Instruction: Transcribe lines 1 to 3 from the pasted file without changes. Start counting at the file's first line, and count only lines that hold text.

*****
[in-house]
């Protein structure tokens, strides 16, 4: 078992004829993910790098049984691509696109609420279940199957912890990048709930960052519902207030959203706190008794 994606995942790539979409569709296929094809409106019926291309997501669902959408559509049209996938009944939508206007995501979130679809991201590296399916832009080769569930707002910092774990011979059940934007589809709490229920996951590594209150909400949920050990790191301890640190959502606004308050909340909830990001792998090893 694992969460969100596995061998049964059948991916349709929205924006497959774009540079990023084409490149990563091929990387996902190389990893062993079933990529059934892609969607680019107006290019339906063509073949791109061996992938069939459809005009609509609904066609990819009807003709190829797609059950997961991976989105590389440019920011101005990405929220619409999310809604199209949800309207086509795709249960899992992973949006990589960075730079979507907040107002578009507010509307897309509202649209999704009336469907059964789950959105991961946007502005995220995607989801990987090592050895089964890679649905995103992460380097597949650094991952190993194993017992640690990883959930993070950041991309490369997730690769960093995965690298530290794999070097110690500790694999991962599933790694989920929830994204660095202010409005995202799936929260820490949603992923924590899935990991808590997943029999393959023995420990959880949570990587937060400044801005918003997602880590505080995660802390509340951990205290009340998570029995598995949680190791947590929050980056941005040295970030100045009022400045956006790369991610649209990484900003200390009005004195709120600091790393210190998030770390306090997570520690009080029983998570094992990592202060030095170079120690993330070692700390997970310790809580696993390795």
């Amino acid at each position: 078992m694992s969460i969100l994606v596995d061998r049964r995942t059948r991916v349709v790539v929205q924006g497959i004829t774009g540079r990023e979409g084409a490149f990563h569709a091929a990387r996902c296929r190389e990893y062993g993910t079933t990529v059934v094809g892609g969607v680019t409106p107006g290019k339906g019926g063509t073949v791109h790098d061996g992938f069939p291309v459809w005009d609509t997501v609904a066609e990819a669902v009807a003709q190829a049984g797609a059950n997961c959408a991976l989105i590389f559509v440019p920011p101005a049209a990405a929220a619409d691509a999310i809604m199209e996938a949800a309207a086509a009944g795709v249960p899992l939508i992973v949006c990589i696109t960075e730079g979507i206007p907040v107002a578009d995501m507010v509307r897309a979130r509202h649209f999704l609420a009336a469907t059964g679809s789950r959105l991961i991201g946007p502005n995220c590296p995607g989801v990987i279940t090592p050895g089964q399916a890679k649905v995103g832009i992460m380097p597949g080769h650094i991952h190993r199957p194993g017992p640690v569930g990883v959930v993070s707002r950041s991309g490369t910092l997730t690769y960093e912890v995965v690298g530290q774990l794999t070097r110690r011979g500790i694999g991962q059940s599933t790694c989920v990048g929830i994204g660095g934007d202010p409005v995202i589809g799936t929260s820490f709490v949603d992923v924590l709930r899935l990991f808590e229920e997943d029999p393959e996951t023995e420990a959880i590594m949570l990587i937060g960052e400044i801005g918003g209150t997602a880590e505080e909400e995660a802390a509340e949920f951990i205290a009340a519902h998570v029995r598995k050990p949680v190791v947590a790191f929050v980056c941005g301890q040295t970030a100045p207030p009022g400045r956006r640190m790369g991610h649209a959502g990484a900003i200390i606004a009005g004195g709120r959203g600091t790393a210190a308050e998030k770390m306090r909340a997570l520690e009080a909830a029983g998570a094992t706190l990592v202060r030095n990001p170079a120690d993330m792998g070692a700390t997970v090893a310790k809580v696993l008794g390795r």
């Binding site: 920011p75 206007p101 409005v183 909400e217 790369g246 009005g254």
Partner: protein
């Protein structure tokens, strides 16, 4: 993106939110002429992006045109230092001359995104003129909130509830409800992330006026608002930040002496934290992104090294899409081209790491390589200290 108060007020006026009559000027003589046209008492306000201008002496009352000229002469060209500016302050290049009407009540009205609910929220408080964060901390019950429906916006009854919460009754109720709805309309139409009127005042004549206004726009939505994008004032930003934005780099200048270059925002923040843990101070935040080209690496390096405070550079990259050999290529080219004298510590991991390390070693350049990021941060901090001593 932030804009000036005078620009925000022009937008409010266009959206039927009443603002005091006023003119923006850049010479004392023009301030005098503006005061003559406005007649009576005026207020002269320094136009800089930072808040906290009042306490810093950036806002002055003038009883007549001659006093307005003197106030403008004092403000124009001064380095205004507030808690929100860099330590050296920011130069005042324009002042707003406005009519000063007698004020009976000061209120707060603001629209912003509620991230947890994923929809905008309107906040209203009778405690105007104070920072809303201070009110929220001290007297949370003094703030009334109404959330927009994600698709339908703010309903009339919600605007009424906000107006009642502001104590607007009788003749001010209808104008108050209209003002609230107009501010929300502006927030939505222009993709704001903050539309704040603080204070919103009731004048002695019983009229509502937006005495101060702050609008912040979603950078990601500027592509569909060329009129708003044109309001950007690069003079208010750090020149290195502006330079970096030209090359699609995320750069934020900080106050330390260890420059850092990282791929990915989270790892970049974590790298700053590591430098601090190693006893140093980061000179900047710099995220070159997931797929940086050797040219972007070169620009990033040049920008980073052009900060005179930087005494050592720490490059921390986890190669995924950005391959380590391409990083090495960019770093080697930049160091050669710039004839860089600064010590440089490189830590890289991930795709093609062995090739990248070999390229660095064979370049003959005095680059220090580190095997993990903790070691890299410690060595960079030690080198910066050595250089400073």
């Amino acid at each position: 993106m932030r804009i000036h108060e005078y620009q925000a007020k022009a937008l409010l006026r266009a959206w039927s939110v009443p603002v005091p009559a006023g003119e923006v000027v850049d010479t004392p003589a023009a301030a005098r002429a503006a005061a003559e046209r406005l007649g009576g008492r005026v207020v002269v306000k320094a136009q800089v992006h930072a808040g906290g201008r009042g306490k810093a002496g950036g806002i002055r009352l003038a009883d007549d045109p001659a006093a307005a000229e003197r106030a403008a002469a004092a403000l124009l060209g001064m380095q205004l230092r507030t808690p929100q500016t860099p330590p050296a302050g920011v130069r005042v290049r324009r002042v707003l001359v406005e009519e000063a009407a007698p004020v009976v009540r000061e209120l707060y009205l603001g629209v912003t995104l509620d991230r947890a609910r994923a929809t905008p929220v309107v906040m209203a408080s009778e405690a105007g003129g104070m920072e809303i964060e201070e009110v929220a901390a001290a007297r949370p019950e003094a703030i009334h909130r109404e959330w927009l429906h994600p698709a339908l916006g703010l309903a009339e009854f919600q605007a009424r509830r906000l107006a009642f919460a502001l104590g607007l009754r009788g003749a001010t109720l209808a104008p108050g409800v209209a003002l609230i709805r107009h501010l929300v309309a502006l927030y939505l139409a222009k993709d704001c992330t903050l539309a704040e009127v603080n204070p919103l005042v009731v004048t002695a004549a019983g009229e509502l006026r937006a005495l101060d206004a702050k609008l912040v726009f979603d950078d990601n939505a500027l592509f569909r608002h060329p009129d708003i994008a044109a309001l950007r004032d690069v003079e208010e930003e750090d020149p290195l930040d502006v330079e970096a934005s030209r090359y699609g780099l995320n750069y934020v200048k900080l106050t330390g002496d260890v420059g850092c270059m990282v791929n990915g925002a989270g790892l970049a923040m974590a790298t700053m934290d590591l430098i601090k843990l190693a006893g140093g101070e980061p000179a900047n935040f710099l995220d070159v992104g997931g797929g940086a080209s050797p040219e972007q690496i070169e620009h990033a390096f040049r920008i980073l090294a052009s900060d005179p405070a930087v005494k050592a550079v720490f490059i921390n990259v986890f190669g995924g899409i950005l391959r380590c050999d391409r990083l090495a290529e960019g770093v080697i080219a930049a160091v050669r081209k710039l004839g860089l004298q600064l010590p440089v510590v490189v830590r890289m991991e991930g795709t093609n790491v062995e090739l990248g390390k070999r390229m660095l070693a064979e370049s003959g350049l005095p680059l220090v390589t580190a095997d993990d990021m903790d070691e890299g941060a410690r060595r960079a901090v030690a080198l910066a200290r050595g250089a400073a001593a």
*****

[in-house]
């Protein structure tokens, strides 16, 4: 078992004829993910790098049984691509696109609420279940199957912890990048709930960052519902207030959203706190008794 994606995942790539979409569709296929094809409106019926291309997501669902959408559509049209996938009944939508206007995501979130679809991201590296399916832009080769569930707002910092774990011979059940934007589809709490229920996951590594209150909400949920050990790191301890640190959502606004308050909340909830990001792998090893 694992969460969100596995061998049964059948991916349709929205924006497959774009540079990023084409490149990563091929990387996902190389990893062993079933990529059934892609969607680019107006290019339906063509073949791109061996992938069939459809005009609509609904066609990819009807003709190829797609059950997961991976989105590389440019920011101005990405929220619409999310809604199209949800309207086509795709249960899992992973949006990589960075730079979507907040107002578009507010509307897309509202649209999704009336469907059964789950959105991961946007502005995220995607989801990987090592050895089964890679649905995103992460380097597949650094991952190993194993017992640690990883959930993070950041991309490369997730690769960093995965690298530290794999070097110690500790694999991962599933790694989920929830994204660095202010409005995202799936929260820490949603992923924590899935990991808590997943029999393959023995420990959880949570990587937060400044801005918003997602880590505080995660802390509340951990205290009340998570029995598995949680190791947590929050980056941005040295970030100045009022400045956006790369991610649209990484900003200390009005004195709120600091790393210190998030770390306090997570520690009080029983998570094992990592202060030095170079120690993330070692700390997970310790809580696993390795």
């Amino acid at each position: 078992m694992s969460i969100l994606v596995d061998r049964r995942t059948r991916v349709v790539v929205q924006g497959i004829t774009g540079r990023e979409g084409a490149f990563h569709a091929a990387r996902c296929r190389e990893y062993g993910t079933t990529v059934v094809g892609g969607v680019t409106p107006g290019k339906g019926g063509t073949v791109h790098d061996g992938f069939p291309v459809w005009d609509t997501v609904a066609e990819a669902v009807a003709q190829a049984g797609a059950n997961c959408a991976l989105i590389f559509v440019p920011p101005a049209a990405a929220a619409d691509a999310i809604m199209e996938a949800a309207a086509a009944g795709v249960p899992l939508i992973v949006c990589i696109t960075e730079g979507i206007p907040v107002a578009d995501m507010v509307r897309a979130r509202h649209f999704l609420a009336a469907t059964g679809s789950r959105l991961i991201g946007p502005n995220c590296p995607g989801v990987i279940t090592p050895g089964q399916a890679k649905v995103g832009i992460m380097p597949g080769h650094i991952h190993r199957p194993g017992p640690v569930g990883v959930v993070s707002r950041s991309g490369t910092l997730t690769y960093e912890v995965v690298g530290q774990l794999t070097r110690r011979g500790i694999g991962q059940s599933t790694c989920v990048g929830i994204g660095g934007d202010p409005v995202i589809g799936t929260s820490f709490v949603d992923v924590l709930r899935l990991f808590e229920e997943d029999p393959e996951t023995e420990a959880i590594m949570l990587i937060g960052e400044i801005g918003g209150t997602a880590e505080e909400e995660a802390a509340e949920f951990i205290a009340a519902h998570v029995r598995k050990p949680v190791v947590a790191f929050v980056c941005g301890q040295t970030a100045p207030p009022g400045r956006r640190m790369g991610h649209a959502g990484a900003i200390i606004a009005g004195g709120r959203g600091t790393a210190a308050e998030k770390m306090r909340a997570l520690e009080a909830a029983g998570a094992t706190l990592v202060r030095n990001p170079a120690d993330m792998g070692a700390t997970v090893a310790k809580v696993l008794g390795r």